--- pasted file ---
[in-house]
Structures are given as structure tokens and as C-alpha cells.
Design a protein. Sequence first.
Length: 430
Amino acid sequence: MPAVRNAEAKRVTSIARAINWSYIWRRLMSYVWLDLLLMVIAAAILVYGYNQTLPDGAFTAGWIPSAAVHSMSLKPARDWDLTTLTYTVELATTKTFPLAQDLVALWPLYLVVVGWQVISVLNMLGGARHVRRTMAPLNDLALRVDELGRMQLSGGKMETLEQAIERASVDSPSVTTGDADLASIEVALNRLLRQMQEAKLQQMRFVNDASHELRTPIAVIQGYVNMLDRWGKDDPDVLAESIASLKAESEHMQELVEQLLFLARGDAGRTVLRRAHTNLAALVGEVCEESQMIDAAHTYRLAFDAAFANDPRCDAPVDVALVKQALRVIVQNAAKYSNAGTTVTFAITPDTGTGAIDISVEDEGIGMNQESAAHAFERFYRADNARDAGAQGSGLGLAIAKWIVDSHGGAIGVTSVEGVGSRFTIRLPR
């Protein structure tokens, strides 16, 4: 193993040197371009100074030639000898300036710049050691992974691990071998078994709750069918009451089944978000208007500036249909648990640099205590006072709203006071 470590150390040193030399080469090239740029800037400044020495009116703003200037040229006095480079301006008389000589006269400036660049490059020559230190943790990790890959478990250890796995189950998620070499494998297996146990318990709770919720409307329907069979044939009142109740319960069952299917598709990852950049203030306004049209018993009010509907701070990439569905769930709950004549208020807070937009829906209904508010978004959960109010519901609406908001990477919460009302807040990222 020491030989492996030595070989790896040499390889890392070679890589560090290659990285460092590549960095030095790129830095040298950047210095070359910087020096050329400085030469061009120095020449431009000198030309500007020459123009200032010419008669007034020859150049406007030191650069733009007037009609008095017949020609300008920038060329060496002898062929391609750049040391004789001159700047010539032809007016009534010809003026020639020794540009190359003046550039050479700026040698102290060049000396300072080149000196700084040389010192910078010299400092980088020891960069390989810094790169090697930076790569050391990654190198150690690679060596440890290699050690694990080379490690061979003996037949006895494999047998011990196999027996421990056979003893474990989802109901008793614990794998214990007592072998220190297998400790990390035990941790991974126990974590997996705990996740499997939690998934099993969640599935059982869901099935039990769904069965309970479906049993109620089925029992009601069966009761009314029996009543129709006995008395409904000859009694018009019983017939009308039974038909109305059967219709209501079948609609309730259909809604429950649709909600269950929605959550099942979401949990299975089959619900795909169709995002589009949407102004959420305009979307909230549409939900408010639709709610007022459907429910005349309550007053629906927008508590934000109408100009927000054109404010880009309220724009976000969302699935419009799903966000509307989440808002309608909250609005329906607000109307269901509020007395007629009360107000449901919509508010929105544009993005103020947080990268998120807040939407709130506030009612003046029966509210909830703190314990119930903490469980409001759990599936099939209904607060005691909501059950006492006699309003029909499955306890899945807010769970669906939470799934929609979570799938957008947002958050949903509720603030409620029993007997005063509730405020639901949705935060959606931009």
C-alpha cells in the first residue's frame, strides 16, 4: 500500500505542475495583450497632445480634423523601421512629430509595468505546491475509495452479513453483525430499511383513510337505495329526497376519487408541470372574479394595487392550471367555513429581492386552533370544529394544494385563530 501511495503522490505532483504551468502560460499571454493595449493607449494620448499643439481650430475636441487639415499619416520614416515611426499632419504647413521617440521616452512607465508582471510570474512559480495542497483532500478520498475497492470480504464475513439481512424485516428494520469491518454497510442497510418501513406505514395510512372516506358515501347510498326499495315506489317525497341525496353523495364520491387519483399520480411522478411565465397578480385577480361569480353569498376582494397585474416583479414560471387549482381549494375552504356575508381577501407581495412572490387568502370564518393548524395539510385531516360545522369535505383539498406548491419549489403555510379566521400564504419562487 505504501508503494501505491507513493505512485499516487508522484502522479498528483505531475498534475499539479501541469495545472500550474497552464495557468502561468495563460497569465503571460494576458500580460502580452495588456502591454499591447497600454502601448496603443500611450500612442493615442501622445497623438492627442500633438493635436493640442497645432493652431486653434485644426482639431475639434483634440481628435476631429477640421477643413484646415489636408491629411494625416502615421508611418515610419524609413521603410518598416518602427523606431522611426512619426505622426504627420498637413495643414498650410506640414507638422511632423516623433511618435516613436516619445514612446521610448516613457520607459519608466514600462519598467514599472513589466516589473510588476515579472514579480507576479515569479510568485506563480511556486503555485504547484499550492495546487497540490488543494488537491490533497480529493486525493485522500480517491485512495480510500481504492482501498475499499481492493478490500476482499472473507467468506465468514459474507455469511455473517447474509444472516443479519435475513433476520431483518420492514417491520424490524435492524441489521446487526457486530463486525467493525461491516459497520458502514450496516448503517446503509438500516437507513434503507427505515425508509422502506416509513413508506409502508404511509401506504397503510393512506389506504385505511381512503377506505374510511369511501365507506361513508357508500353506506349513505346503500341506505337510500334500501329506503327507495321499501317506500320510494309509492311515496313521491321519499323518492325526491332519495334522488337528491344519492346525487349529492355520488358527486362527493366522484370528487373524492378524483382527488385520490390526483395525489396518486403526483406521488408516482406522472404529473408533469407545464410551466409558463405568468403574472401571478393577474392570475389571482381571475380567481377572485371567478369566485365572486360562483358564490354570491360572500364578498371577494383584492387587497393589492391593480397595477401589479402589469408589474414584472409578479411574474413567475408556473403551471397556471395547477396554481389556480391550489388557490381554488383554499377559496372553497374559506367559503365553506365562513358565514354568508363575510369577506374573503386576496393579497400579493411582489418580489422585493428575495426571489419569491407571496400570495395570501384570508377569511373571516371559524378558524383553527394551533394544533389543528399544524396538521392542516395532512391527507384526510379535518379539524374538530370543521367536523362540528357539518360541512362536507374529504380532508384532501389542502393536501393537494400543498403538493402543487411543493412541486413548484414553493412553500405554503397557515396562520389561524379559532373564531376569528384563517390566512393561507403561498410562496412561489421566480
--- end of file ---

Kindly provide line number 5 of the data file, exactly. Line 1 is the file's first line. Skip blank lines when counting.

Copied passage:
Amino acid sequence: MPAVRNAEAKRVTSIARAINWSYIWRRLMSYVWLDLLLMVIAAAILVYGYNQTLPDGAFTAGWIPSAAVHSMSLKPARDWDLTTLTYTVELATTKTFPLAQDLVALWPLYLVVVGWQVISVLNMLGGARHVRRTMAPLNDLALRVDELGRMQLSGGKMETLEQAIERASVDSPSVTTGDADLASIEVALNRLLRQMQEAKLQQMRFVNDASHELRTPIAVIQGYVNMLDRWGKDDPDVLAESIASLKAESEHMQELVEQLLFLARGDAGRTVLRRAHTNLAALVGEVCEESQMIDAAHTYRLAFDAAFANDPRCDAPVDVALVKQALRVIVQNAAKYSNAGTTVTFAITPDTGTGAIDISVEDEGIGMNQESAAHAFERFYRADNARDAGAQGSGLGLAIAKWIVDSHGGAIGVTSVEGVGSRFTIRLPR